This book returned me to the magic of childhood! Though written for children, can encompass all ages in the way of fairy tales of yore. A magical time when things are not what they seem. Well-written to keep anticipation coming, and flows with mystery and curiosity. An old shopkeeper dies and the village farms of Finkleton are instantly inundated with rain. At the same time a home in another village is struck by lightning and burned. What is happening with the weather?

The home that was destroyed happened to belong to the heir to the old shopkeeper's store and property, and therein lies this delicious story. The displaced family of five arrive in Finkleton and very soon the youngest child makes a mysterious discovery. He keeps it secret but before long his sister, who reads everything readable, learns the secret. But when the weather gets out of control, they must let their older brother know what is happening. Should they tell their parents what they have found? Are there more secrets hidden in the old shop? Is Mother Nature really in charge of the weather?

KC Hilton creates an entire world, not on a different planet, not even in an enchanted forest. No, this is a village surrounded by farms, some very famous and lush farms, in fact the most productive farms and best-tasting produce in the world. But even in such a perfect location, danger can rear its ugly head. I was charmed by this magical adventure and I can tell the next will be exciting, too.

Thursday, July 26, 2012

Sydney West by R. McKinsey

A bit of a slow start, I thought, but only at first. Reading into the actual story I realized this was necessary to setting the plot. This is a book unlike any I've read.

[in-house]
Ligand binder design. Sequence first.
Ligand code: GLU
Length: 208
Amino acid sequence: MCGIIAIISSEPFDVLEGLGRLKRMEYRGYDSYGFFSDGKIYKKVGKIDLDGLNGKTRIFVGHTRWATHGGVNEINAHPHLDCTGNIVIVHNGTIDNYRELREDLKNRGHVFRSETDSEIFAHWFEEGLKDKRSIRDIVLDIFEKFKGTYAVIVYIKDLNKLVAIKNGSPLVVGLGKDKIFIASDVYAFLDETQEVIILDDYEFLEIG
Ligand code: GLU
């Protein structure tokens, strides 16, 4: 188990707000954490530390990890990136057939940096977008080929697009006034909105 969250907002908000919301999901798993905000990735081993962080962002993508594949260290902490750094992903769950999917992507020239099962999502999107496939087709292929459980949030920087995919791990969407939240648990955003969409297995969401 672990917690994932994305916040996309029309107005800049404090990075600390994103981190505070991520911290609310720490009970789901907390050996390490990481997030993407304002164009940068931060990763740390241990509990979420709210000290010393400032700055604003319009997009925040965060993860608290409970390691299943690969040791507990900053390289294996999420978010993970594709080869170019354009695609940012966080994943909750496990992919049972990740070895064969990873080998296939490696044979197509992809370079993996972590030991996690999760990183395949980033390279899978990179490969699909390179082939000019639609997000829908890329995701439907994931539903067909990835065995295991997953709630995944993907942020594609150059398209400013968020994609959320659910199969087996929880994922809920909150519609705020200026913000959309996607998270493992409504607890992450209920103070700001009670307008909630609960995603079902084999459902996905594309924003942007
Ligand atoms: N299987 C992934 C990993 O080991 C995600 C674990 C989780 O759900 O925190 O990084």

A very unusual story, who is this man Sydney West? I almost felt that the author was playing games with the reader, which somehow made me want to learn more. There are a number of clues scattered throughout the book if you take the time to see them for what they are. Otherwise, Sydney West is a complete enigma. Sydney not only marches to a different drummer, his feet take him where he doesn't know he wants to be. I feel I've fallen down the rabbit hole, Sydney is the white rabbit and as Alice would say "Curiouser and curiouser." Who or what is Sydney? No matter the whys and wherefores, I am intrigued. How did he play such a wonderful piece on the piano when he doesn't remember it? How does he know one thing and not another? This is not just a case of amnesia, but perhaps something much darker.

Sydney attends university, has a friend, maybe even a few friends, young people who he meets along the way while trying to figure out why he is there. Who knows if they are truly friends? He is someone he is not, so how can he trust others? This book is not going to be everyone's cup of tea, but maybe a tea of a different flavour is good. In my opinion this would be a great book for discussion, for readers looking for something completely different in a mystery, readers who like puzzles, and those who enjoy conspiracy theories. Don't get me wrong, this bizarre book is character-driven and the main character is fascinating. A complicated character, one who we'll be seeing again. Rebecca McKinsey is definitely a storyteller. A challenging and imaginative debut series for this author.